Unfortunately, you can’t really say that the corruption focus of the public is completely unjustified. There are plenty of skeletons in the closet. So, my big concern is, is this corruption focus going to sap energy or sap the political will or the political support for the government to be able to take some of the policy actions necessary and whether the coalition partners will peel away or will support the government and what kind of horse trading will they require to accomplish that. As I have said several times in the past, I do watch Indian politics closer and I probably should, but I have no great expertise on understanding on how things will play out.
Q: What is your expectation from your conversations with peers on whether the strong flows that we have seen in September can continue into India?
A: India has had the benefit. Just when you had quantitative easing from central bankers in the west, India showed up with its basket of policy actions. So, the timing was absolutely perfect. That certainly helped inflows into India. One of the risk factors that I did not mention earlier is - there still remains a looming concern whether or not the rating agencies are going to be looking at downgrading India's sovereign rating. That is another risk factor, both for the rupee and inflows, certainly from the debt side.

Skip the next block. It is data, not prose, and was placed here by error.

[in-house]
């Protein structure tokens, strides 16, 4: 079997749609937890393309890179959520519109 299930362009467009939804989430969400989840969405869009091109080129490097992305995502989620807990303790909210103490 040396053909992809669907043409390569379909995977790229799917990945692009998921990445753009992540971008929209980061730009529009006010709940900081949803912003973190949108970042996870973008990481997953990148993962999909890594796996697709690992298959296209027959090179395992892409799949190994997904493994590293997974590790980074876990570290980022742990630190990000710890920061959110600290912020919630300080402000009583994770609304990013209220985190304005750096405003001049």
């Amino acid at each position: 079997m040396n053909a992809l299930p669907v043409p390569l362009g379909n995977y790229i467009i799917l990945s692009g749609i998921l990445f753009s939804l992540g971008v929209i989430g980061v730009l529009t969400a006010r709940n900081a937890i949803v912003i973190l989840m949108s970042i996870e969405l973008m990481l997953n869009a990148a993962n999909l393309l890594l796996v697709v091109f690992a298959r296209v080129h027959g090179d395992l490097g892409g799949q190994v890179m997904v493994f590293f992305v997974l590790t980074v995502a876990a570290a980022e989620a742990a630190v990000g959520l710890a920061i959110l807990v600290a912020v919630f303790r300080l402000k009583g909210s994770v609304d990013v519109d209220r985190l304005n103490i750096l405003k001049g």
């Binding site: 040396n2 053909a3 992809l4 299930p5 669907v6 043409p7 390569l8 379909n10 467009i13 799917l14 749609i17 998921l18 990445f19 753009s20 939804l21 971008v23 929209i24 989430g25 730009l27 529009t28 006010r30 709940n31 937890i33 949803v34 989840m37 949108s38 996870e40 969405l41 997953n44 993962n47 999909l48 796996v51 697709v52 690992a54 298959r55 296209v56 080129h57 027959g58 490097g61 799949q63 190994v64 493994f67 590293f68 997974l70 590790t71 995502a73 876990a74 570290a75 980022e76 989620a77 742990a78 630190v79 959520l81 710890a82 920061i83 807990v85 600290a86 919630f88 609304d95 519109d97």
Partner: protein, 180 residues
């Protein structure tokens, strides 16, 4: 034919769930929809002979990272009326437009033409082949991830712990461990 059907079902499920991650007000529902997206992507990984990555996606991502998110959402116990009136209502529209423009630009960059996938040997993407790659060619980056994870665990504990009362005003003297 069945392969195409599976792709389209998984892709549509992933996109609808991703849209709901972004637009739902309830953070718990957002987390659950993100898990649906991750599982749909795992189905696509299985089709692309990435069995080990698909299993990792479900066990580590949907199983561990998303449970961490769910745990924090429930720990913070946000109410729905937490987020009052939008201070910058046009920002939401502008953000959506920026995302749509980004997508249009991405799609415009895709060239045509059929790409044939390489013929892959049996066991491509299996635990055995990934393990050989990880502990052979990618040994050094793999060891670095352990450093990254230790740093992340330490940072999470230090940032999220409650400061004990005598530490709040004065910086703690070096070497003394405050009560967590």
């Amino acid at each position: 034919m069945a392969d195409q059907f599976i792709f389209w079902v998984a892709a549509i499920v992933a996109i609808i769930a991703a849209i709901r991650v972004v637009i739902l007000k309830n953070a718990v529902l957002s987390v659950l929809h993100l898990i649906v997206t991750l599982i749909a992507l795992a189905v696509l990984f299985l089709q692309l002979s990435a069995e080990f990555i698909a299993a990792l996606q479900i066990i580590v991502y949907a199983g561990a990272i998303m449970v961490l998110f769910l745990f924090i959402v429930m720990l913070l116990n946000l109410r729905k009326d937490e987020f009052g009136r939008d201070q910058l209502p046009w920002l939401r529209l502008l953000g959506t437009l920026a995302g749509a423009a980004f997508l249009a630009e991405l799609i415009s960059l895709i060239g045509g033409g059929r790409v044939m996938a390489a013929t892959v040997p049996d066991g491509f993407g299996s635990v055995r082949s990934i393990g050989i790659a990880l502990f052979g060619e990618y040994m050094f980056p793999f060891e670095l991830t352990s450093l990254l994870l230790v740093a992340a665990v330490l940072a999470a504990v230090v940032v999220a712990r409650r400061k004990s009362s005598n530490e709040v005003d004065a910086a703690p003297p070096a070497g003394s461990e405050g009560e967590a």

So, that is one risk factor that we have to keep an eye on. Other than that, there are global factors where the risk of a meltdown in Europe and US is off the table. But that does not mean that there will not be mini crisis along the way. Clearly, one of the crises going right now is that Spain is unwilling to ask for a bailout and their political face-saving involved and trying to push that. There is some election in Spain coming up. The Prime Minister does not want to ask for a bailout right now. So, you could have some market nervousness, but I think the market nervousness is well contained in the bond market. The bond market hasn’t sold off much. But those global risks could affect inflows into India.
The other thing that could affect inflows is if we could get positive policy actions out of China. Then you could have some money go in that direction. So, there are factors that could drive inflows to reduce either on an absolute or on a relative basis. I must give credit to the Indian government for showing signs that they are not done with their policy actions. Again implementation is one thing, but in terms of at least announcing actions and trying to push the agenda forward, if the government continues to do that, then I think the inflows notwithstanding other factors will continue.